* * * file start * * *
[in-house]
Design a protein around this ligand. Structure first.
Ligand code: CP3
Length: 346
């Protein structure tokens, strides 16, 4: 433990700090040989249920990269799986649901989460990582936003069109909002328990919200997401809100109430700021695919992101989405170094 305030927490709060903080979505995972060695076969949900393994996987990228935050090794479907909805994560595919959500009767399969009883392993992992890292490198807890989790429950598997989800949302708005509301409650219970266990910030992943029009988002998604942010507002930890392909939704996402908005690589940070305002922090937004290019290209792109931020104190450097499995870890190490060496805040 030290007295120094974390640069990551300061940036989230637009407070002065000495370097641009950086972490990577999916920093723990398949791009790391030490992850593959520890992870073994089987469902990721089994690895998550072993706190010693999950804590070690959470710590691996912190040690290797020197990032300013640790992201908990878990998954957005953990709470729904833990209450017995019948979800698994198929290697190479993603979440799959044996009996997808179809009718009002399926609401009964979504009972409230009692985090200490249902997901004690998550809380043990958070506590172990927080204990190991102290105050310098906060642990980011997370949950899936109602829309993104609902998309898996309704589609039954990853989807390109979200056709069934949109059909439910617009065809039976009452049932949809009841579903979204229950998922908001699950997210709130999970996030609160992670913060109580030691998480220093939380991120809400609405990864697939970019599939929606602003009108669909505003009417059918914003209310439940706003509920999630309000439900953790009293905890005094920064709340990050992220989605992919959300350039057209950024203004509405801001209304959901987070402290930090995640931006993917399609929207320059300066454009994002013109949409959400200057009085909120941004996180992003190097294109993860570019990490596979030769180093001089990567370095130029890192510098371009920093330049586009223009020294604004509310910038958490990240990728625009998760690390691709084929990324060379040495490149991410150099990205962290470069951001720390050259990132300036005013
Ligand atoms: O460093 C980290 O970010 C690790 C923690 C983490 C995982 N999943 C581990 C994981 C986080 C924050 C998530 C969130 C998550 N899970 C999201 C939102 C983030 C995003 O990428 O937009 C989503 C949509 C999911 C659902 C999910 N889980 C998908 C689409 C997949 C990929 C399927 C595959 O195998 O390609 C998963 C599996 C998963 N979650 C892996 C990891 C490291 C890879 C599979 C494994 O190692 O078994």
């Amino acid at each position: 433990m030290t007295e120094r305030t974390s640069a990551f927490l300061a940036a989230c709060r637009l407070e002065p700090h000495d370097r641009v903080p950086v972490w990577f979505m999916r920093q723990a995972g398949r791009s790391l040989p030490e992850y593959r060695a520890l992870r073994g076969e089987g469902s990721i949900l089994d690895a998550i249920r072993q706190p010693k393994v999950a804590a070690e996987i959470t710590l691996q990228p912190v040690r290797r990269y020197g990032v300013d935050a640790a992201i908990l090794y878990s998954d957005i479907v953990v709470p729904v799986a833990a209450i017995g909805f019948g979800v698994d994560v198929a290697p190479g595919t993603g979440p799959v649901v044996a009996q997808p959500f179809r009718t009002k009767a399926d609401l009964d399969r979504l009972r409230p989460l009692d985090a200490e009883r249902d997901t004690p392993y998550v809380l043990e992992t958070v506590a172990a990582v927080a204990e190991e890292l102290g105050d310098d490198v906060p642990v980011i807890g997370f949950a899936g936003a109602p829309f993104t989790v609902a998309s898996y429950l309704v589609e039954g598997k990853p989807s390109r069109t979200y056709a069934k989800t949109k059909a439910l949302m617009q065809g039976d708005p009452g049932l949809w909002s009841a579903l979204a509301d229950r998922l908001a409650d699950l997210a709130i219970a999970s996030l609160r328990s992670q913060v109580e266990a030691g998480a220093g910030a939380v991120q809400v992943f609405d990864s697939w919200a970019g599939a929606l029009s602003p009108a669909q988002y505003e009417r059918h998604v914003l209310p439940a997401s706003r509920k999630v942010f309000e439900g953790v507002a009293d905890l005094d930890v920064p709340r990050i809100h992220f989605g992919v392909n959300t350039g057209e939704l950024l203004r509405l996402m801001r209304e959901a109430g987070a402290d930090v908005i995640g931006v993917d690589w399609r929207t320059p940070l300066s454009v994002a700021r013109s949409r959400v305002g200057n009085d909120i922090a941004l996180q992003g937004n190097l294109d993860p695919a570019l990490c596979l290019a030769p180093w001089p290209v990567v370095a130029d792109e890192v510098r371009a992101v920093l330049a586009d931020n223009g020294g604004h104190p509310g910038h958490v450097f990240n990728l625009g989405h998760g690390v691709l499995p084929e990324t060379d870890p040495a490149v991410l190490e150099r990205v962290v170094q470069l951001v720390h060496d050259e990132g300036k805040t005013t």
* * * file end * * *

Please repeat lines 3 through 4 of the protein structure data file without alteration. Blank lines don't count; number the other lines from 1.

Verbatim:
Ligand code: CP3
Length: 346